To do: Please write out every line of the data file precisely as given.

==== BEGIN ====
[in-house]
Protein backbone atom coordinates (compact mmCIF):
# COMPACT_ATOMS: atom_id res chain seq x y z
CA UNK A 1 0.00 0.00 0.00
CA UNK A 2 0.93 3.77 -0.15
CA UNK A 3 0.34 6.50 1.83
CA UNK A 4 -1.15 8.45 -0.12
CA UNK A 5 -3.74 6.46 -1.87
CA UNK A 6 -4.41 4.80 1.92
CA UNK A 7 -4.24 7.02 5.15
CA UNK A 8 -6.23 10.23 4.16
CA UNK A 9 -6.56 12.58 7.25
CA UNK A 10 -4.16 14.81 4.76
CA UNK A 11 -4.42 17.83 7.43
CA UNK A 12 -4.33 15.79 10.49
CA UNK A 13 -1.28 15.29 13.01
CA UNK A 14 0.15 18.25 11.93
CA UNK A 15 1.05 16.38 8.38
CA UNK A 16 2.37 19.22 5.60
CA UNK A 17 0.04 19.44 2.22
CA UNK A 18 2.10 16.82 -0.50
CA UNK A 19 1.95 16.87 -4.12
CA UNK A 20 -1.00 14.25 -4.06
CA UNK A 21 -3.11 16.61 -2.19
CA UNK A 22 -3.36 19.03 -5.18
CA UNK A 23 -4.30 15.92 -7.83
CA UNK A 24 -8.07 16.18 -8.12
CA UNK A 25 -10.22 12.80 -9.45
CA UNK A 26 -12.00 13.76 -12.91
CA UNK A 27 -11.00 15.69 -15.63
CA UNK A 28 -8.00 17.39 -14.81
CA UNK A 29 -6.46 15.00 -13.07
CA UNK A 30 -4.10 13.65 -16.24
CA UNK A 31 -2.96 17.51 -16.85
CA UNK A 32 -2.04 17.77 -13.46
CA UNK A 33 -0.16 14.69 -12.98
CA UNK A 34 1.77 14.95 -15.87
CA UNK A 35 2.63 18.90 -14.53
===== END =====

[in-house]
Protein backbone atom coordinates (compact mmCIF):
# COMPACT_ATOMS: atom_id res chain seq x y z
CA UNK A 1 0.00 0.00 0.00
CA UNK A 2 0.93 3.77 -0.15
CA UNK A 3 0.34 6.50 1.83
CA UNK A 4 -1.15 8.45 -0.12
CA UNK A 5 -3.74 6.46 -1.87
CA UNK A 6 -4.41 4.80 1.92
CA UNK A 7 -4.24 7.02 5.15
CA UNK A 8 -6.23 10.23 4.16
CA UNK A 9 -6.56 12.58 7.25
CA UNK A 10 -4.16 14.81 4.76
CA UNK A 11 -4.42 17.83 7.43
CA UNK A 12 -4.33 15.79 10.49
CA UNK A 13 -1.28 15.29 13.01
CA UNK A 14 0.15 18.25 11.93
CA UNK A 15 1.05 16.38 8.38
CA UNK A 16 2.37 19.22 5.60
CA UNK A 17 0.04 19.44 2.22
CA UNK A 18 2.10 16.82 -0.50
CA UNK A 19 1.95 16.87 -4.12
CA UNK A 20 -1.00 14.25 -4.06
CA UNK A 21 -3.11 16.61 -2.19
CA UNK A 22 -3.36 19.03 -5.18
CA UNK A 23 -4.30 15.92 -7.83
CA UNK A 24 -8.07 16.18 -8.12
CA UNK A 25 -10.22 12.80 -9.45
CA UNK A 26 -12.00 13.76 -12.91
CA UNK A 27 -11.00 15.69 -15.63
CA UNK A 28 -8.00 17.39 -14.81
CA UNK A 29 -6.46 15.00 -13.07
CA UNK A 30 -4.10 13.65 -16.24
CA UNK A 31 -2.96 17.51 -16.85
CA UNK A 32 -2.04 17.77 -13.46
CA UNK A 33 -0.16 14.69 -12.98
CA UNK A 34 1.77 14.95 -15.87
CA UNK A 35 2.63 18.90 -14.53